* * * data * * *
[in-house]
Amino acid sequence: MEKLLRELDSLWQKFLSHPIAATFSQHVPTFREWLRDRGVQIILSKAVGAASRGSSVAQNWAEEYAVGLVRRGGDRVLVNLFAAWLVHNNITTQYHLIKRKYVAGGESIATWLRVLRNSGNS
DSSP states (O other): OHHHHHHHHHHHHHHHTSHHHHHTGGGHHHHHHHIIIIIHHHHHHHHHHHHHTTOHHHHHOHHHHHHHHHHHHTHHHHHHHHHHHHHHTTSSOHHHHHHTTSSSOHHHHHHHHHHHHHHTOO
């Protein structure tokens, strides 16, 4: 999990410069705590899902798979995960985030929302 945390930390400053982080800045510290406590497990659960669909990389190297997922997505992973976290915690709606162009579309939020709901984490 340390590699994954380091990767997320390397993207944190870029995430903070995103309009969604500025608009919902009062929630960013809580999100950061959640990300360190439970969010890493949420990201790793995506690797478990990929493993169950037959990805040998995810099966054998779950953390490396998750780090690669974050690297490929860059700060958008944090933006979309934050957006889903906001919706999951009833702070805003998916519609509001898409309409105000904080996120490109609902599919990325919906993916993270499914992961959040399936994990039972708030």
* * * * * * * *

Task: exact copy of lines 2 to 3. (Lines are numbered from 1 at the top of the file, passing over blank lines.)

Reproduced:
Amino acid sequence: MEKLLRELDSLWQKFLSHPIAATFSQHVPTFREWLRDRGVQIILSKAVGAASRGSSVAQNWAEEYAVGLVRRGGDRVLVNLFAAWLVHNNITTQYHLIKRKYVAGGESIATWLRVLRNSGNS
DSSP states (O other): OHHHHHHHHHHHHHHHTSHHHHHTGGGHHHHHHHIIIIIHHHHHHHHHHHHHTTOHHHHHOHHHHHHHHHHHHTHHHHHHHHHHHHHHTTSSOHHHHHHTTSSSOHHHHHHHHHHHHHHTOO